9. #9
    Should I save to a hard drive?
    Rod Sprague's Avatar
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    Quote Originally Posted by usingmac View Post
    Thanks for the help guys. Another thing I was concerned about was having problems making dvd's with the digital files, such as losing quality because apparently software that does this can be tricky. So am I better off just getting the dvd's, from which I can make more copies for backup later, though the originals may deteriorate, or just getting the digital files and making my own discs?
    I think that I agree with cradom. Get the copies in DVD form, use HandBrake to convert and save them in the best possible resolution eg. Apple TV3 and ensure that your entire computer is backed up to avoid loss. You can then safely store your DVD's away. Should you ever need to change the format you can use the originals again or convert the digital copies. The important point here is BACK UP everything. Too often in this forum we see people who have lost gigabits of valuable data all for the relatively low cost of an external HD backup. My heart goes out to them but I don't think this forum or any other could emphasize this point more clearly.
    If you were helped by this forum please add reputation points to that member by clicking on the "Thumbs Up" icon, bottom left corner of each thread. (Yes I know it's small)

  10. #10
    Should I save to a hard drive?

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    Are external hard drives expensive? Also, what do you mean about backing up my "whole computer"? And would copying the dvds to a hard drive be simple?

  11. #11
    Should I save to a hard drive?

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    I also just noticed that they are charging $25 a tape for a digital file and $35 a tape for dvd + digital file. So I think that means I can't just get dvds. Are these reasonable rates?

  12. #12
    Should I save to a hard drive?
    Slydude's Avatar
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    If these are DVDs that aren't copy protected (home movies and such) copying the DVDs to a hard drive is pretty simple. It would also be pretty simple to create basic DVDs if you have the digital files. Here's a few examples of how it's done. This is with free software but there are many programs out there that accomplish the same things.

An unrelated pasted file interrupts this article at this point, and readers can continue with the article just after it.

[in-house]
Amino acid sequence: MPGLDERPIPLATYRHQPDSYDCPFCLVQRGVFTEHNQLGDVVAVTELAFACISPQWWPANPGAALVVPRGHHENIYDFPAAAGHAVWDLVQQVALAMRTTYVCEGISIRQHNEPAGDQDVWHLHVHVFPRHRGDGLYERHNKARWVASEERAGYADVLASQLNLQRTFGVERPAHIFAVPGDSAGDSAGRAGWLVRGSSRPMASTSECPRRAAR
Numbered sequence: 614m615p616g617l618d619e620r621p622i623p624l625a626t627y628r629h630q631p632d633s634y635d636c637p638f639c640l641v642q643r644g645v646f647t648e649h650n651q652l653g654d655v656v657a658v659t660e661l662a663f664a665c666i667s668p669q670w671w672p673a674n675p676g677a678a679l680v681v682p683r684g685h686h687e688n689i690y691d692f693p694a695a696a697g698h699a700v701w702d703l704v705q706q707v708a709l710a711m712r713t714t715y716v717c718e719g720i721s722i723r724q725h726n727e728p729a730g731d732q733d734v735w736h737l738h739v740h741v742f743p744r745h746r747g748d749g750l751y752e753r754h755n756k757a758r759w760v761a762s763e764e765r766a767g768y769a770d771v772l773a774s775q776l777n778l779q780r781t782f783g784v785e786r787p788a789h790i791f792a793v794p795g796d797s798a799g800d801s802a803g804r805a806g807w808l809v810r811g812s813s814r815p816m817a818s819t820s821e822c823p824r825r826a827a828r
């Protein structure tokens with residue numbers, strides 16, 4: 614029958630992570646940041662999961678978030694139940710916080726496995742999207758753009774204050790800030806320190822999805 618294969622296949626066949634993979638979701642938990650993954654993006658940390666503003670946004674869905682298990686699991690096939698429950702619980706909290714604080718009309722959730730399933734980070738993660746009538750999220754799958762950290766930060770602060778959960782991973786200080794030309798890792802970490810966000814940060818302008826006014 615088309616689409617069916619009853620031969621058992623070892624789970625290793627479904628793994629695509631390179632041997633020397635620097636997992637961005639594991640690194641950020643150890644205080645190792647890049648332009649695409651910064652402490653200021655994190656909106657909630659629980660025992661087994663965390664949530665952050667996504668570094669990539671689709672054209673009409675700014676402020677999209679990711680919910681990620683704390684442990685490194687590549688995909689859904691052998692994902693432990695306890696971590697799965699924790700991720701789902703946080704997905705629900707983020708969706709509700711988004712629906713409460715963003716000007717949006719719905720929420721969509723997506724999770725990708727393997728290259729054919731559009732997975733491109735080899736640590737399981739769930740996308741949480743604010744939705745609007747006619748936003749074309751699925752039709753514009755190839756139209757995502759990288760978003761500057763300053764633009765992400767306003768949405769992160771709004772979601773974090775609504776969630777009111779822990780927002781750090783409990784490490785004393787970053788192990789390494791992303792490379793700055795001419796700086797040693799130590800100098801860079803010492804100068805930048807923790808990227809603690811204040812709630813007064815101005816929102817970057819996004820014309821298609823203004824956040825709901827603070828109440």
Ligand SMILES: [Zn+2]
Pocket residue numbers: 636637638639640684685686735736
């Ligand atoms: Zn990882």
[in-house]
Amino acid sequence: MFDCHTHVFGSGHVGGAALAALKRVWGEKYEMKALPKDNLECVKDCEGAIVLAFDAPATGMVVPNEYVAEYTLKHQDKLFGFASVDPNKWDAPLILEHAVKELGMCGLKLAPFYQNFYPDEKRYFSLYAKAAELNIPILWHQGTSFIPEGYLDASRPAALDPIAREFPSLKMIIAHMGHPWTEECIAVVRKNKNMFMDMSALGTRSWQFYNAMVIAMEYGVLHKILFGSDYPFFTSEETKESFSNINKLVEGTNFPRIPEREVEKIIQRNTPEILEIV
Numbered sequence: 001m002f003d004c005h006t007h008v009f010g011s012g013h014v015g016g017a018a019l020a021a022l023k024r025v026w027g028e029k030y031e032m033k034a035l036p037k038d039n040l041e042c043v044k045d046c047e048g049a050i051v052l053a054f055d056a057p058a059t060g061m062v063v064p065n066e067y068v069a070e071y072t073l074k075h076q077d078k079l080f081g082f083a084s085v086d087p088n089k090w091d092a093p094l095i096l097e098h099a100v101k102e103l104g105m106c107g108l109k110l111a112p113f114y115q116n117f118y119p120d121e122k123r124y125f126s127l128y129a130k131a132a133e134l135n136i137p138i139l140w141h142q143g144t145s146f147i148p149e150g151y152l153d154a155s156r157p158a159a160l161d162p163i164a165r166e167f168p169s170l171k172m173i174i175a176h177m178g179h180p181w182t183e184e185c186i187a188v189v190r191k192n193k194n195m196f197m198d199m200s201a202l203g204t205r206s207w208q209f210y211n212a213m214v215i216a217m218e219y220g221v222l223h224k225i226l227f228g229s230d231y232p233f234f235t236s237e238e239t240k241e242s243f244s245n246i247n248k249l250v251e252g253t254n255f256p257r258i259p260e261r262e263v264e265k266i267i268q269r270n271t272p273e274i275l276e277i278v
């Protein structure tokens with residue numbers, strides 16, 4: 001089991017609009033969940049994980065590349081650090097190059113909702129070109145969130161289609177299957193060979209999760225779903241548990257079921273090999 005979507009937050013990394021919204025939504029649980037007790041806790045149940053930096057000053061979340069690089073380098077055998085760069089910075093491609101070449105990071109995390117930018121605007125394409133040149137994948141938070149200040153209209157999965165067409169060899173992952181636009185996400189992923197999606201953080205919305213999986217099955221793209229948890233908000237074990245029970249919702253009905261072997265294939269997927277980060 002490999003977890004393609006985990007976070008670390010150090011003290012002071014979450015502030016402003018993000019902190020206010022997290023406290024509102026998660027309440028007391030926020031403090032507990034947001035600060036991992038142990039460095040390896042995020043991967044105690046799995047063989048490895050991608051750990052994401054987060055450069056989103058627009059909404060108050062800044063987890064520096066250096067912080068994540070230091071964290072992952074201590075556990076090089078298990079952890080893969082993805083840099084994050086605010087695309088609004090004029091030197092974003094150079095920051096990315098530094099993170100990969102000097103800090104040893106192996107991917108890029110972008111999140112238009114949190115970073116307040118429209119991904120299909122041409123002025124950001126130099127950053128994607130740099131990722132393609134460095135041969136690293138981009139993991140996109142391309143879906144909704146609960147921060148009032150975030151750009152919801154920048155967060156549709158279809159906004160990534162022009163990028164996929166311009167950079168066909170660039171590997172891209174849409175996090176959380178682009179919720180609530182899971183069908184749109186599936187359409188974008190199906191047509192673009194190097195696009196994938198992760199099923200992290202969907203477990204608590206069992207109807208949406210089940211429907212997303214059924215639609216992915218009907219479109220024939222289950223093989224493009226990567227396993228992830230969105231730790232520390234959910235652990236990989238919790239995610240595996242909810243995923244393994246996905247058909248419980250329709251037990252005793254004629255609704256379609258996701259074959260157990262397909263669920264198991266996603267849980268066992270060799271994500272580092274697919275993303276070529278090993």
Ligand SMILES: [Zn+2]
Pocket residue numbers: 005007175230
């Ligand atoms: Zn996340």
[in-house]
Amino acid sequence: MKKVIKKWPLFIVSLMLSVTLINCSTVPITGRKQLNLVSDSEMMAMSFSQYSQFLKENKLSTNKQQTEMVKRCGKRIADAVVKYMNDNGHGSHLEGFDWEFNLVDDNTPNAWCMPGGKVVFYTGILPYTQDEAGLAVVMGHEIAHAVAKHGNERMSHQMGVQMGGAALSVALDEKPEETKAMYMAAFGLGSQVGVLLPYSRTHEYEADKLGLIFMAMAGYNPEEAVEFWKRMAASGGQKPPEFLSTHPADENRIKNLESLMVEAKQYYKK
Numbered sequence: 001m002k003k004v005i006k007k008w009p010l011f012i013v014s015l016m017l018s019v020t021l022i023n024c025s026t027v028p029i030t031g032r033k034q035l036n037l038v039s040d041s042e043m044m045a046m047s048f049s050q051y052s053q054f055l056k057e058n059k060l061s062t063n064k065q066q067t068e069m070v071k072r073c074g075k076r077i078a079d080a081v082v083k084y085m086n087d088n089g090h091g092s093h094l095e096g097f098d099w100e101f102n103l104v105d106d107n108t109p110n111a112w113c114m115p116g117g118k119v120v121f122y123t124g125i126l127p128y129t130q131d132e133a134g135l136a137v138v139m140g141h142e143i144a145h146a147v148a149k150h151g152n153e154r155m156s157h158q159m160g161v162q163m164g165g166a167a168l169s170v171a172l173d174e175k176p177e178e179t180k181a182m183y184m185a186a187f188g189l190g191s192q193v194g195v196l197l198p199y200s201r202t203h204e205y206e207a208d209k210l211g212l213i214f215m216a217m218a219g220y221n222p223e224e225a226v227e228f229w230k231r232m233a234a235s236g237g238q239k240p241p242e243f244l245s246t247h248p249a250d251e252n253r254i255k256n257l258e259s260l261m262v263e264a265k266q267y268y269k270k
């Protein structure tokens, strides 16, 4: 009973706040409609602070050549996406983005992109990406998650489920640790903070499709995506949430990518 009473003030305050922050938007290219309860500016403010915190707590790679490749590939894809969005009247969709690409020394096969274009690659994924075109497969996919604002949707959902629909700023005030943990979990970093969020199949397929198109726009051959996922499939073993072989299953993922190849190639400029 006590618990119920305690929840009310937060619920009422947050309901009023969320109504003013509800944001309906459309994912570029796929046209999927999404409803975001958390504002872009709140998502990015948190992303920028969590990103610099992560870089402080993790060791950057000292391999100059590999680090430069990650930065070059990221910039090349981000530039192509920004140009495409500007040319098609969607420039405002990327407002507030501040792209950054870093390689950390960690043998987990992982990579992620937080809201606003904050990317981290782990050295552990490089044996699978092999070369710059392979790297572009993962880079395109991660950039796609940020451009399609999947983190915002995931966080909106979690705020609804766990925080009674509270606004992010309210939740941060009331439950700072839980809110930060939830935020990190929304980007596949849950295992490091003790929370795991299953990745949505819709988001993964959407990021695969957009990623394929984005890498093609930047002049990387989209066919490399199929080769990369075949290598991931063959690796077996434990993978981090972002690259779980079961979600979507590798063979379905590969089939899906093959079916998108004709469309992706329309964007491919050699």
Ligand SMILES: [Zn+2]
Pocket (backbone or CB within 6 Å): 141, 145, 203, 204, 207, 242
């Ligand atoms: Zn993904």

Convert DVDs to Video files

    Convert video files to DVD is just also pretty easy using programs such as Burn
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  13. #13
    Should I save to a hard drive?
    chas_m's Avatar
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    This may help clarify what you want to do: bear in mind there are two "types" of DVD -- "movie" DVDs that play in computers and most DVD players, and contain standard-definition video files in a compressed MPEG-2 format.

    Then there are "data" DVDs like we use for software installations and storage of our computer files and so forth. These DVDs preserve the data as a perfect digital copy -- no compression, no degradation (short of something happening to the DVD itself). With movies shot on digital cameras, this is a good way to preserve the original footage in its native format or an edit of the project in as "lossless" a format as possible for future use, but not for viewing.

    The mini-dv tapes (which you still have, and are a viable "backup" of the original footage until the earth's magnetic poles flip again) were shot at a native resolution of 720x480 (NTSC). So the creation of a "movie" DVD will not significantly degrade the original video, and its a perfectly good "backup" of the finished, edited movie. This will never look great on HDTVs and even worse on 4K TVs, but it is what it is until somebody genuinely comes up with SD-to-HD upscaling that is better than what we have today.

    If you think you will ever re-edit the project, preserve your original edit and footage on a data DVD. If you're sure you're done with editing, the "movie" DVD will be your permanent keepsake. I would expect that even if standard-definition DVD goes the way of the dodo, there will be a large window of those discs being readable so you should have plenty of time to convert it if ever needed.

    DVDs will be with us for a very long time. You can still buy a USB floppy drive, fer pete's sake, and who has used a floppy disc (except to recover old files) since the late 90s?

  14. #14
    Should I save to a hard drive?

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    So to sum up, what should I be asking the guy doing the transfer regarding the specs of the job?

  15. #15
    Should I save to a hard drive?
    Rod Sprague's Avatar
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    Quote Originally Posted by usingmac View Post
    Are external hard drives expensive? Also, what do you mean about backing up my "whole computer"? And would copying the dvds to a hard drive be simple?
    Compared to the cost of data retrieval should your Mac HD crash the cost of an external USB HD for example is very cheap. 1 Tb should set you back about $150 - $200 max. You can simply use the Mac native backup app called Time Machine which will perform a complete backup automatically on a regular basis.
    If you were helped by this forum please add reputation points to that member by clicking on the "Thumbs Up" icon, bottom left corner of each thread. (Yes I know it's small)